Also Repetitive Strain Injury (RSI) is a risk that occurs classroom by developing their awareness of a range of
from the repeated actions necessary to control mobile digital technologies and considering carefully both how
devices. and why they can be used to support students’ learning.
Effective selection of software and devices is only part
• Evidence suggests that at the moment the potential of of the story. The consideration of what learning will
digital technologies in the classroom is not being realised. be achieved and how the technology may help is
A report on digital technologies from the charity Nesta in fundamental to its effective deployment.
the UK notes, “What is clear is that no technology has an
impact on learning in its own right; rather, its impact • The SAMR (Substitution, Augmentation,
depends upon the way in which it is used” (2012:9). Modification, Redefinition) model developed by
Dr Ruben Puentedura is a useful reference when
considering the implementation of technology in the
classroom. The model (see below) shows the stages that
adopters of educational technology often follow as they
integrate their teaching and learning with technology.

Substitution Technology acts as a Instead of producing a handwritten
direct tool substitute, with report, learner types the report using
no functional change a word processor. Enhancement

Augmentation Technology acts as a Teacher adds comments electronically
direct tool substitute, with then emails the report back to learner.
function improvement

Modification Technology allows for Learner loads report onto a blog.
significant task redesign Other learners view and add comments.
Transformation
Redefinition Technology allows for Instead of written report, learner
the creation of new tasks, produces online response including
previously inconceivable images, audio and video.

Digital technologies in the classroom continued

Why are digital technologies in the classroom How is Cambridge supporting schools with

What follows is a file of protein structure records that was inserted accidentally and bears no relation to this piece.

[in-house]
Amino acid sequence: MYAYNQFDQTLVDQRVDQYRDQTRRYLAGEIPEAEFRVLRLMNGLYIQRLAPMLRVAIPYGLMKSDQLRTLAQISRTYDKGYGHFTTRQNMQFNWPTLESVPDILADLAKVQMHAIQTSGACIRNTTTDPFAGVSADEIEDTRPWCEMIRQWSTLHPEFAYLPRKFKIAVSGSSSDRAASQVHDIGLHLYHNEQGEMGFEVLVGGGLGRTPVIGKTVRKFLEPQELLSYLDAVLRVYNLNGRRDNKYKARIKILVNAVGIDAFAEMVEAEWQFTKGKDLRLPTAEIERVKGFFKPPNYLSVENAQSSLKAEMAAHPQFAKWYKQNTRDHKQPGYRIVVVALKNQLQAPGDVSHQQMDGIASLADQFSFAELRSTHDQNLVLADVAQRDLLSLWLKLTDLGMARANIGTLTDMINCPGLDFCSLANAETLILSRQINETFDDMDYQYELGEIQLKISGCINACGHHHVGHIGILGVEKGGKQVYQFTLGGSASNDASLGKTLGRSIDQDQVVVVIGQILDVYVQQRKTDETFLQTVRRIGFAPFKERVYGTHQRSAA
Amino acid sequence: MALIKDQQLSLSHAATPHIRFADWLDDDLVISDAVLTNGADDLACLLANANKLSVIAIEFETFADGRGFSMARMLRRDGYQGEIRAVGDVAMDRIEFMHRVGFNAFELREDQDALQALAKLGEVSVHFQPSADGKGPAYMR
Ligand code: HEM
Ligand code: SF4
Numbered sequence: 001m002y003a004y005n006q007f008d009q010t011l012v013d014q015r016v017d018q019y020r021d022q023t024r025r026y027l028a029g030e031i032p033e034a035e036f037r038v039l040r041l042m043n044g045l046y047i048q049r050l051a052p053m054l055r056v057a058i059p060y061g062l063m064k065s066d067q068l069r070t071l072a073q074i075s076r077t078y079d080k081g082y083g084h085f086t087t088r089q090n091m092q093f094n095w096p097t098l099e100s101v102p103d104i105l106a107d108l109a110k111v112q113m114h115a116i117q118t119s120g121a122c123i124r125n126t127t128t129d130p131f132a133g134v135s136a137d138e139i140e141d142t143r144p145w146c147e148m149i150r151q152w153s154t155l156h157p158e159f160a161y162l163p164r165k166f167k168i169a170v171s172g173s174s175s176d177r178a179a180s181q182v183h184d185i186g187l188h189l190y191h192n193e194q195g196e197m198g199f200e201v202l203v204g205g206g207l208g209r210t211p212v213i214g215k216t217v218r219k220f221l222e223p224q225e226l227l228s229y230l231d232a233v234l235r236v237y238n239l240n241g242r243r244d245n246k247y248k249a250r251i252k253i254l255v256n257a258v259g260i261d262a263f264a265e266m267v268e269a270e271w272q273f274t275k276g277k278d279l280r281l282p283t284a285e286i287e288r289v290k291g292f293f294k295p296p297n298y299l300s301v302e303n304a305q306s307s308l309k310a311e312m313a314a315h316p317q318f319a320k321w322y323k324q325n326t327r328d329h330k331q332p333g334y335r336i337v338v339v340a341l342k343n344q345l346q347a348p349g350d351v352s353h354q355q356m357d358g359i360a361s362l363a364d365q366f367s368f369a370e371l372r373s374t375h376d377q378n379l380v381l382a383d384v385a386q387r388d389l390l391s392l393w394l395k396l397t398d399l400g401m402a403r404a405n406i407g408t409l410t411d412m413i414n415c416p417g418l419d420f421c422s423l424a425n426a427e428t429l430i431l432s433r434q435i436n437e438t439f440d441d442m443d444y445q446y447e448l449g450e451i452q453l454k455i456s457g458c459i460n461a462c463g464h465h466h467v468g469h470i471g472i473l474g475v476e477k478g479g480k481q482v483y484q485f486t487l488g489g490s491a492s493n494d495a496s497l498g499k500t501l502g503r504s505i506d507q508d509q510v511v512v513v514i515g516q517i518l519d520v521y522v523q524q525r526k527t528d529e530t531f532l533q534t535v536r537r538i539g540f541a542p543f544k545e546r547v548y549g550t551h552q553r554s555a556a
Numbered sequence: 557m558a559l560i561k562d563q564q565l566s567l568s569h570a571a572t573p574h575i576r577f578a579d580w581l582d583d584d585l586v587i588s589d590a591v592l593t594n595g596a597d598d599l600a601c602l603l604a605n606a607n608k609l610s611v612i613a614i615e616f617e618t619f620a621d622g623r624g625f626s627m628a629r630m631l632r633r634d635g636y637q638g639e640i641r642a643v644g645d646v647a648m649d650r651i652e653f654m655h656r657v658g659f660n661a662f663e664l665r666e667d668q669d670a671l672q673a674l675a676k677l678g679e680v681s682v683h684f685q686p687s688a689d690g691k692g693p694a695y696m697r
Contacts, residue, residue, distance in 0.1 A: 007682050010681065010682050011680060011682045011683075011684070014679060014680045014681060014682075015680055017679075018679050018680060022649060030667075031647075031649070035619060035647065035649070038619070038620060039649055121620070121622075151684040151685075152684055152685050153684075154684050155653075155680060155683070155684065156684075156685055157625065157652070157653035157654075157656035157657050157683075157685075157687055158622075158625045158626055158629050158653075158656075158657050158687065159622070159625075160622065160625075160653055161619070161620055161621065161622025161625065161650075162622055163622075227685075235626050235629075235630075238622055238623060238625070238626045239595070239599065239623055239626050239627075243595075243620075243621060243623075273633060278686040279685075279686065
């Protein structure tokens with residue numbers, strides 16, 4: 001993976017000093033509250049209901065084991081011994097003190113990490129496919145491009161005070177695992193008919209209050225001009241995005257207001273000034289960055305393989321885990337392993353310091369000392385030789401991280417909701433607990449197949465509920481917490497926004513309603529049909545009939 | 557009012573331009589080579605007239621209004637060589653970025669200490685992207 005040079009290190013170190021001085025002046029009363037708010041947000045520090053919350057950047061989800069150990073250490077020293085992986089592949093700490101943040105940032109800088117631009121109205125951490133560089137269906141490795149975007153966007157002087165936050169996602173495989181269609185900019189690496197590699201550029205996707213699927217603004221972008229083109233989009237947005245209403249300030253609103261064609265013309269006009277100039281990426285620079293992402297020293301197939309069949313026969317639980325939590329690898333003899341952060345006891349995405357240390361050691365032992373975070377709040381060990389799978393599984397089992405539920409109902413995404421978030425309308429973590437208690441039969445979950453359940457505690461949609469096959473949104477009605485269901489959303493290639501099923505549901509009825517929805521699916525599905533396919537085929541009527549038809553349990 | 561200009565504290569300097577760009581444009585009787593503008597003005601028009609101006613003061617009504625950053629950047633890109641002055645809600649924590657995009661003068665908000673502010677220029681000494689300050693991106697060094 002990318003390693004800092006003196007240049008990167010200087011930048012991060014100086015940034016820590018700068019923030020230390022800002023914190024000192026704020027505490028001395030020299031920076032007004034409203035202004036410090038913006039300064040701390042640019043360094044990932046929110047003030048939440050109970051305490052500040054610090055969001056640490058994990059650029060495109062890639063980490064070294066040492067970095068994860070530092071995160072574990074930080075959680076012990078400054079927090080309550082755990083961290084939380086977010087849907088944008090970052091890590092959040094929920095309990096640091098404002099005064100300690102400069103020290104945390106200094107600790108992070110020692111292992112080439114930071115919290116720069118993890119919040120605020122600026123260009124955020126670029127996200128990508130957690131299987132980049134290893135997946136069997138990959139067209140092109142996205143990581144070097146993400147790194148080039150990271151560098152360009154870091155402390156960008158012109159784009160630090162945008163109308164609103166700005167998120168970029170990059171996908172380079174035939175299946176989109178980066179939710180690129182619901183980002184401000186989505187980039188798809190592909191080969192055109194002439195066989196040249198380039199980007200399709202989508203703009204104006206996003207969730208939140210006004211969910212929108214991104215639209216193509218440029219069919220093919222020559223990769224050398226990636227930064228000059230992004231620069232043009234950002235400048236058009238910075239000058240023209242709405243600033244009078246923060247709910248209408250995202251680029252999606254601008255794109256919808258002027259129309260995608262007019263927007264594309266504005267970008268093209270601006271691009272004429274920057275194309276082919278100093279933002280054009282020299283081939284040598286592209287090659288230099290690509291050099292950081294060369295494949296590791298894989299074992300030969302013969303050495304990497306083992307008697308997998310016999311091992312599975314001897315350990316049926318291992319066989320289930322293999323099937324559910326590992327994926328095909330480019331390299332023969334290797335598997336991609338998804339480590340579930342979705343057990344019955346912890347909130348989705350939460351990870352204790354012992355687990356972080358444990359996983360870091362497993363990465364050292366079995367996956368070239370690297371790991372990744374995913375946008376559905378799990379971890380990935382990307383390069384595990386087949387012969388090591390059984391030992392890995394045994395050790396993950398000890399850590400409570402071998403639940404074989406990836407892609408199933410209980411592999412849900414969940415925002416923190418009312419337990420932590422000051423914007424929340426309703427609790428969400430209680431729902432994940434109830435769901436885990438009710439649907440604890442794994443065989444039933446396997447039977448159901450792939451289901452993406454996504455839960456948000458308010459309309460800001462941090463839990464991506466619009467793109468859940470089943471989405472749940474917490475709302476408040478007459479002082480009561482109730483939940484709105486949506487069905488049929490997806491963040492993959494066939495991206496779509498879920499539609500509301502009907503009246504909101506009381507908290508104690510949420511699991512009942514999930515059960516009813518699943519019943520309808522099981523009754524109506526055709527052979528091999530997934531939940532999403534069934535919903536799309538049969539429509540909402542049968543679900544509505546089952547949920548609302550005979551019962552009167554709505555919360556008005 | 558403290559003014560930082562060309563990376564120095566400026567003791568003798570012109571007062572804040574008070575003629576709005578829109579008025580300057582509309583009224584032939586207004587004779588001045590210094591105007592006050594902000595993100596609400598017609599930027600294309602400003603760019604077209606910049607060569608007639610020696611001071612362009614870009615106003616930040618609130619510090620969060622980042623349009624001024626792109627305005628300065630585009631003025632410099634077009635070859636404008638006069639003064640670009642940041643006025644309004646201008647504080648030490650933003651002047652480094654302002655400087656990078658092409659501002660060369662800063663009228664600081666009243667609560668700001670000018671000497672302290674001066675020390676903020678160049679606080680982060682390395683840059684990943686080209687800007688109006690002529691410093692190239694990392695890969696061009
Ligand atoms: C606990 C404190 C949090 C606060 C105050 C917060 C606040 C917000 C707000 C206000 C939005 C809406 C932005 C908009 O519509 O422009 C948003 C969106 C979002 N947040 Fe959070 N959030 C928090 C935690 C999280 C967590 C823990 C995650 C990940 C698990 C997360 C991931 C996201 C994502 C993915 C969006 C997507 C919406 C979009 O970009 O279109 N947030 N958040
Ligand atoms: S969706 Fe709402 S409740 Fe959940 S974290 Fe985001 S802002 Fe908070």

relevant to Cambridge? digital technologies in the classroom?

DTC fosters active learning and this in turn can enable • As part of the suite of professional development
learners to attain higher grades based on their enhanced qualifications offered by Cambridge, teachers can
understanding (see Education Brief on active learning). undertake a certificate and/or diploma in Teaching with
It enables schools to link more effectively with Cambridge, Digital Technologies. These are designed to help teachers
for example it supports the examination process through use digital technologies effectively and appropriately in
computer-based and online assessment processes and supporting their students’ learning.
improves the efficiency of contact with examinations
centres. Cambridge also supports schools • In the Cambridge Primary and Cambridge Lower
that wish to prepare learners for the modern international Secondary programmes, suggestions are given on
world and the new technological possibilities available. how digital technologies can be utilised in the classroom.
We also provide online materials and an online platform
to help teachers and learners prepare for our Cambridge
Global Perspectives qualifications

Where can you find more information?

• Beetham, H. and Sharpe, R. eds (2007) Rethinking Pedagogy for a Digital Age: Designing and Delivering E-Learning.
London: Routledge.

• Cambridge professional development qualifications for Teaching with Digital Technologies:
www.cambridgeinternational.org/pdq

• L uckin, R., Bligh, B., Manches, A., Ainsworth, S., Crook, C. and Noss, R. (2012) Decoding Learning: The Proof, Promise and
Potential of Digital Education. London: Nesta.
www.nesta.org.uk/library/documents/DecodingLearningReport_v12.pdf

• Dr Ruben Puentedura’s Weblog: www.hippasus.com/rrpweblog
• Wegerif, R. (2012) Dialogic: Education for the Internet Age. London: Routledge.
• Useful websites: Edudemic: www.edudemic.com, Association for Learning Technology: www.alt.ac.uk

Futurelab at NFER: www.futurelab.org.uk
Acknowledgement: Dr Phil Kirkman

Learn more! If you would like to know more about Cambridge Training please email [email protected]
or visit www.cambridgeinternational.org/events or contact Customer Services on +44 (0)1223 553554

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Copyright © UCLES September 2017